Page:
Latest News

Storm doesn’t derail fun of Tioga’s Freedom Festival

 

Posted 7/07/15 (Tue)

Storm doesn’t derail fun of Tioga’s Freedom Festival

By Nicky Ouellet
With the crack of the bat, Brent Bugbee sent his teammates home in a line around the bases at the Freedom Fest softball tournament on Saturday.
The last time they walked like that was 10 years ago at their high school graduation.
Class of 2005 members were among the crowd attending Freedom Fest events in Tioga over the weekend. Not even cracks of lightning, high wind, hail or the delay of fireworks could derail the celebration.
Swathed in their class colors of red, white and blue, 13 members of Tioga’s Class of 2005 made the trek from Minot, Bismarck and Dickinson to reflect on 10 years of changes.
“I don’t see anything the same,” said Roxanne Haim, who drove out from Bismarck for the reunion. “It’s always changing.”
Tyler Hawkinson, who returned to Tioga after a year of college, agreed.
“Everything’s changed. The town, the high school, nothing’s the same as 2005,” he said.
But some parts of Tioga’s Freedom Festival stay the same.
At the parade line on Saturday morning, Mary Anne Holm directs floats, motorcycles and antique cars to the lineup.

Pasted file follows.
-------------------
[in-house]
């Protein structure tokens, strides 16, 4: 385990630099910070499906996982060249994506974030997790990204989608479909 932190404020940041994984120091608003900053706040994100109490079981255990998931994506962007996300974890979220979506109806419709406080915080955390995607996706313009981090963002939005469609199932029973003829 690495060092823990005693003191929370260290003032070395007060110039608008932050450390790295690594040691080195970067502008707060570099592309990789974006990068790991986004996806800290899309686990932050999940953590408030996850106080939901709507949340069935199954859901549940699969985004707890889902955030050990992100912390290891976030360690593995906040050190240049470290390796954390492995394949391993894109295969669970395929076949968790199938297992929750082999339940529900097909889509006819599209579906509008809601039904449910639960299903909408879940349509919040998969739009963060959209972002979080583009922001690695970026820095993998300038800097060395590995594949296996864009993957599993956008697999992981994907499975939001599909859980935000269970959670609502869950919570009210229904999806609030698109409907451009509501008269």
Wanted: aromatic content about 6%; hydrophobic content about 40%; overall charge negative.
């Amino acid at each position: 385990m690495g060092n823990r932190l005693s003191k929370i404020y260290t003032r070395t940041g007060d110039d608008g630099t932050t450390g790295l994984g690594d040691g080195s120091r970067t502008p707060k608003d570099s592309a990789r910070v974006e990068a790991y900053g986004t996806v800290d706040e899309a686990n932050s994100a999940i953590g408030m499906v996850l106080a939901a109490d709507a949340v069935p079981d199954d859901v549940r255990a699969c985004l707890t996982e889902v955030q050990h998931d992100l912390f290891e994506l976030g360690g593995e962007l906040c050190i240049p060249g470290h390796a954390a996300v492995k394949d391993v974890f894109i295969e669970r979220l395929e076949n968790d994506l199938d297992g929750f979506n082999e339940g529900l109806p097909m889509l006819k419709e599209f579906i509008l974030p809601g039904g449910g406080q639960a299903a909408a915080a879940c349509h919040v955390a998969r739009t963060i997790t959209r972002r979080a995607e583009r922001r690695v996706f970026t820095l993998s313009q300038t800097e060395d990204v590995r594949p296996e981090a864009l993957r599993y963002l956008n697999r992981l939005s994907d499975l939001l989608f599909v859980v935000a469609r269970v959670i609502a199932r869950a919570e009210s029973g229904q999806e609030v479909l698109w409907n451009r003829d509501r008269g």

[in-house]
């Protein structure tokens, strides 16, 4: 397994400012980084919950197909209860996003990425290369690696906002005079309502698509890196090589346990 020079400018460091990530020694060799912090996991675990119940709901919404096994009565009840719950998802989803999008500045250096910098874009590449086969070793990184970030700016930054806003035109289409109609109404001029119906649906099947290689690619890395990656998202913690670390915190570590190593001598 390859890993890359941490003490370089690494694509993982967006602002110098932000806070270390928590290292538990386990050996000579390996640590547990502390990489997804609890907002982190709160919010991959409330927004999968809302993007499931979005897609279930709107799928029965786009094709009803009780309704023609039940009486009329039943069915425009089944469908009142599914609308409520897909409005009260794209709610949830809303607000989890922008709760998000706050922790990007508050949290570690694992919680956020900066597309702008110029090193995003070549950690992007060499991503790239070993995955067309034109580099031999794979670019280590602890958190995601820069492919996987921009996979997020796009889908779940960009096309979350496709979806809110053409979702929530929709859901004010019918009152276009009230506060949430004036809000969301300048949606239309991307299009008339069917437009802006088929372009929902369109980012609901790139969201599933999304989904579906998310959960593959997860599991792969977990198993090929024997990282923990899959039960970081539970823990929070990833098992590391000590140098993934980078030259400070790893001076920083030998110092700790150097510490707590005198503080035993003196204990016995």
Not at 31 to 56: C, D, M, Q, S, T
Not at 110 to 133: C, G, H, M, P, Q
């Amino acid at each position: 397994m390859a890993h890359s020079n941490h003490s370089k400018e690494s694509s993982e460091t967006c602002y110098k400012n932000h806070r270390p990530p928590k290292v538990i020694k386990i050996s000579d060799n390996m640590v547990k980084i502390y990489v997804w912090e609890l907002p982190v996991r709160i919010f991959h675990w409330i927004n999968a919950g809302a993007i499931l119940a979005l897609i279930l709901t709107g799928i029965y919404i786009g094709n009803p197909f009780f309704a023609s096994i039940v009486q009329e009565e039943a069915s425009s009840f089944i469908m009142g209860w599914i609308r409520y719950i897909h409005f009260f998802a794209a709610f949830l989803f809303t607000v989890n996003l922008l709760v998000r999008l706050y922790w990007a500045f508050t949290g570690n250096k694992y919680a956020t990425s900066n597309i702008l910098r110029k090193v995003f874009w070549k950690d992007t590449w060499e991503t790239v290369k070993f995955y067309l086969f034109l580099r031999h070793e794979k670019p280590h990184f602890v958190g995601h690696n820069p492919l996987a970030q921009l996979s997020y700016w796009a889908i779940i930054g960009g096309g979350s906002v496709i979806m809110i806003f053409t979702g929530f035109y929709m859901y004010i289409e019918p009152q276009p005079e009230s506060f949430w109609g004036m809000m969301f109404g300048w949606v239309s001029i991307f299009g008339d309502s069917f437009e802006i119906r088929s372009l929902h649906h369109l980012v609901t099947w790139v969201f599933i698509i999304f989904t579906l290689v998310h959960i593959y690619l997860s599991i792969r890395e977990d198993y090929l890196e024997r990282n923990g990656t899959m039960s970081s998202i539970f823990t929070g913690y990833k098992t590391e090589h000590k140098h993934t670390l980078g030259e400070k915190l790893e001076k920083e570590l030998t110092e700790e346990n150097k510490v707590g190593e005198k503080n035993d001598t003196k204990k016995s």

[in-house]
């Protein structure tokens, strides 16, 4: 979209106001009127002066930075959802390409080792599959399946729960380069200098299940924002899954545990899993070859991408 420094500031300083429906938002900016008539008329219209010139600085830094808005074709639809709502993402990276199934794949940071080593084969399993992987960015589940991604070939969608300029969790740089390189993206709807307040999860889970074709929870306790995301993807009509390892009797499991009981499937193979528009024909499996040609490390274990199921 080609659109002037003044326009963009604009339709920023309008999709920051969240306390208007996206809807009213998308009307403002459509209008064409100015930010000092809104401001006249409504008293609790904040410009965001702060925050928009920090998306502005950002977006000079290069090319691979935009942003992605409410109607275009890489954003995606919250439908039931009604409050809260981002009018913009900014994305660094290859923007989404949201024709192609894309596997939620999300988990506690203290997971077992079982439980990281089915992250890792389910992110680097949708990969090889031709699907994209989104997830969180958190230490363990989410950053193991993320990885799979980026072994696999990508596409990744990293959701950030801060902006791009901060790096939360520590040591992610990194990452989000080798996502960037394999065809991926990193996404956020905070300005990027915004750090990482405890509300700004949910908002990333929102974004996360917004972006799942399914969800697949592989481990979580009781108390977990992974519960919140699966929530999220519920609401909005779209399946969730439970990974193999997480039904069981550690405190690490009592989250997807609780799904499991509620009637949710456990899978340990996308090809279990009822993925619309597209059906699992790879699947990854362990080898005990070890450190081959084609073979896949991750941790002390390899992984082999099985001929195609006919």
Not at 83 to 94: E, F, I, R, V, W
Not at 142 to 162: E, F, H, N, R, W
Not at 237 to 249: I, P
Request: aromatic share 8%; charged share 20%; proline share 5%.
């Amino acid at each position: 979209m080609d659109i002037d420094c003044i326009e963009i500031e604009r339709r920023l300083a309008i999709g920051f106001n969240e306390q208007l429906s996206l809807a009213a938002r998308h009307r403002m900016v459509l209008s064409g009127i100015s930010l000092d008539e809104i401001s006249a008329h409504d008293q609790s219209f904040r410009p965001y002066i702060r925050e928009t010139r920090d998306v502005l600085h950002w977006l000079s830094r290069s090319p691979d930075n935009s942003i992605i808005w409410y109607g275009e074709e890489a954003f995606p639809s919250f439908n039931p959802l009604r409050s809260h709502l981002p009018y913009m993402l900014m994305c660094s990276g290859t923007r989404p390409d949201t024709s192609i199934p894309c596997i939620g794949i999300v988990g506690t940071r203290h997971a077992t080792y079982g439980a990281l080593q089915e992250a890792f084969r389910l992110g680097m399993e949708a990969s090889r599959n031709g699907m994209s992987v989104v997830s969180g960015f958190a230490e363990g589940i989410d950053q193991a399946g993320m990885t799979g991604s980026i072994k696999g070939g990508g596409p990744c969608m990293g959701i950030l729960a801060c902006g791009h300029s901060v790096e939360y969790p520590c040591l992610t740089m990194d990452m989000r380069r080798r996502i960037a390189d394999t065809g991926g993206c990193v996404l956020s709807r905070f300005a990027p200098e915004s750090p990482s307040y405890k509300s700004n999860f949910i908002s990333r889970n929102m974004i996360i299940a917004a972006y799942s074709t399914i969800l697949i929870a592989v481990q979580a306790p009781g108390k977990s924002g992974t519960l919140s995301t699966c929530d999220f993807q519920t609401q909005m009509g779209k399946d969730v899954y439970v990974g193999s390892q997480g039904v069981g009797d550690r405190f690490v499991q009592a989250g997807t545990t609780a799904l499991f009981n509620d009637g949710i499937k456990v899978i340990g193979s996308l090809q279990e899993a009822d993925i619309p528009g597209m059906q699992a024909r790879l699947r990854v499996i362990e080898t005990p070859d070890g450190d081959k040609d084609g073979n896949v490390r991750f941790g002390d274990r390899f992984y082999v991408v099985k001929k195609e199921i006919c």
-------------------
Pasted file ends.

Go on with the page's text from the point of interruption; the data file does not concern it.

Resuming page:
“We have it down to a science,” she said. 
Organizers rely on annual returnees for the parade to run smoothly. And this year it did, despite construction on Main Street.
Among the decorated vehicles was Wilcox Wonser Heating Service’s antique truck. Norm Wonser used this vehicle to move his family from Portland, N.D., to Tioga in 1953. 
Ownership of the vehicle changed hands several times in the following decades, and it wasn’t until eight years ago that daughter Suzi Anderson and son Scott Wonser tracked it down in Maine. They convinced the owner to sell the vehicle back and hired a local high school student to fix it up. 
Scott comes up from Casper, Wyo., each year to drive his father along the parade route.
“I’m real happy,” Norm said from the passenger seat.
Down at the Farm Festival grounds, teams limbered up for the softball tournament while the Fire Department set up tarps for the foam pit.
Ken Duncanson sat to the side, comfortable in a portable wheelchair under a wide umbrella to block the sun.
“I know Tioga puts on a nice program here,” he said while watching kids splash through a mountain of foam.
Alex Grubb, a volunteer firefighter, oversaw rural chief Jim McGinnity as he directed an aerial spray by remote control.
“They come every year, more by the dozen,” Grubb said as McGinnity splashed Duncanson’s umbrella from above.
“I needed a little of that!” Duncanson said.
Activities came to an abrupt halt later, when a storm blew in. Heavy rain and hail flooded the pits the fire department dug for the fireworks and sparked a fire at a saltwater disposal facility.
By the time fire crews returned from fighting the blaze, it was too late to re-dig the pits. The show was postponed until Sunday night, when it went off without a hitch.
The rains also delayed the softball tournament by an hour, but the class of 2005 stuck it out to the end to place second in the tourney.
“I think our class has always had good athletes,” said Haim.